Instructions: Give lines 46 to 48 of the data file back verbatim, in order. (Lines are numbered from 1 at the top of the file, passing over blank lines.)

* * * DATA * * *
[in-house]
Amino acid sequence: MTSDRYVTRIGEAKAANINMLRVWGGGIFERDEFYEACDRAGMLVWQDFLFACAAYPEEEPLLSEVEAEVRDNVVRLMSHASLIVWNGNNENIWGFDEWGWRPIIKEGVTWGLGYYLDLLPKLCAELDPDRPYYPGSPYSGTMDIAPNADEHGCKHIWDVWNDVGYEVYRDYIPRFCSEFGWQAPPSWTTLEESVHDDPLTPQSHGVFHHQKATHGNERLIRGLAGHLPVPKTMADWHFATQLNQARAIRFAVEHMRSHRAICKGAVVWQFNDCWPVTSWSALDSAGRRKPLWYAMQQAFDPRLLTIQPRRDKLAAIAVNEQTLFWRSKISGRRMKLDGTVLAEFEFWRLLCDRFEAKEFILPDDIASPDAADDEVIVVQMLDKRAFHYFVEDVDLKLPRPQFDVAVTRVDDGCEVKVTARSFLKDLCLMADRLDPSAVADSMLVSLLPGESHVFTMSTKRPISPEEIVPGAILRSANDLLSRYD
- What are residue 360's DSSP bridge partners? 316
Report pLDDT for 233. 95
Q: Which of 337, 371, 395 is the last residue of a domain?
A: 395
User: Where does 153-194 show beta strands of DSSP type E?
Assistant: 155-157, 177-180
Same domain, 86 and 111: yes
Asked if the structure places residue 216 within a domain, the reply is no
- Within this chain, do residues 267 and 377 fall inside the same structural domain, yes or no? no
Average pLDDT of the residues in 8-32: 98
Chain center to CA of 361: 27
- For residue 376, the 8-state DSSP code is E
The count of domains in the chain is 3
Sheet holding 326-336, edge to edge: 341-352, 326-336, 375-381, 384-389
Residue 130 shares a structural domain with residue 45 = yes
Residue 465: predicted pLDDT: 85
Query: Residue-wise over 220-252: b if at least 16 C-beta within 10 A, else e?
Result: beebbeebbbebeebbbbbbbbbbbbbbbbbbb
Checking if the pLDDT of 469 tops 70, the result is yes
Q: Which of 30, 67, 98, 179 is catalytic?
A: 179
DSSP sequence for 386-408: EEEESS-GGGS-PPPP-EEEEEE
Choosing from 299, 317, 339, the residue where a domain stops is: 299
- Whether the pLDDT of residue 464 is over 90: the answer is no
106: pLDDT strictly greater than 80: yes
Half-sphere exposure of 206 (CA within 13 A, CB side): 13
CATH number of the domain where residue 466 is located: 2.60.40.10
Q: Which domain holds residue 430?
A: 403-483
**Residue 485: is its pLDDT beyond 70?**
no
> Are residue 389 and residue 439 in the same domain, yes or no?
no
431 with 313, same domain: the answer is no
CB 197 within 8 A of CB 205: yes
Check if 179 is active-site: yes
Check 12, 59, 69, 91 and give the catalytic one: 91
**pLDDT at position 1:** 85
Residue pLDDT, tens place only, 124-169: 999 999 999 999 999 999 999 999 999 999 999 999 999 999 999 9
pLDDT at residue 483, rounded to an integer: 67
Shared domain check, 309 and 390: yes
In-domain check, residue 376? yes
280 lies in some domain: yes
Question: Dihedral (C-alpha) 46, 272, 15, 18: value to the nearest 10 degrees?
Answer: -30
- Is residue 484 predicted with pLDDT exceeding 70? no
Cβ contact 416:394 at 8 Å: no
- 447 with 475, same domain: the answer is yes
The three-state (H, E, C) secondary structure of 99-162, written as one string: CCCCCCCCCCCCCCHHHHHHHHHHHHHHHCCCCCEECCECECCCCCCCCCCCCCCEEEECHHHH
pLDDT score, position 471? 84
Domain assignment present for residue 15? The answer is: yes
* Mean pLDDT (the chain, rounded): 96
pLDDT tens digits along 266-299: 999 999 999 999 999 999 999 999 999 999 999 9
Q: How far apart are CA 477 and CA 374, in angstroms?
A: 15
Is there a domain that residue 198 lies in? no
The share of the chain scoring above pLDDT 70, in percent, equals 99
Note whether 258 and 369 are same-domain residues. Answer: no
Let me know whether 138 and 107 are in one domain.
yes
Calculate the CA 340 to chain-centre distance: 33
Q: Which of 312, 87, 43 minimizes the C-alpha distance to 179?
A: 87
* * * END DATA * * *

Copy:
Question: Dihedral (C-alpha) 46, 272, 15, 18: value to the nearest 10 degrees?
Answer: -30
- Is residue 484 predicted with pLDDT exceeding 70? no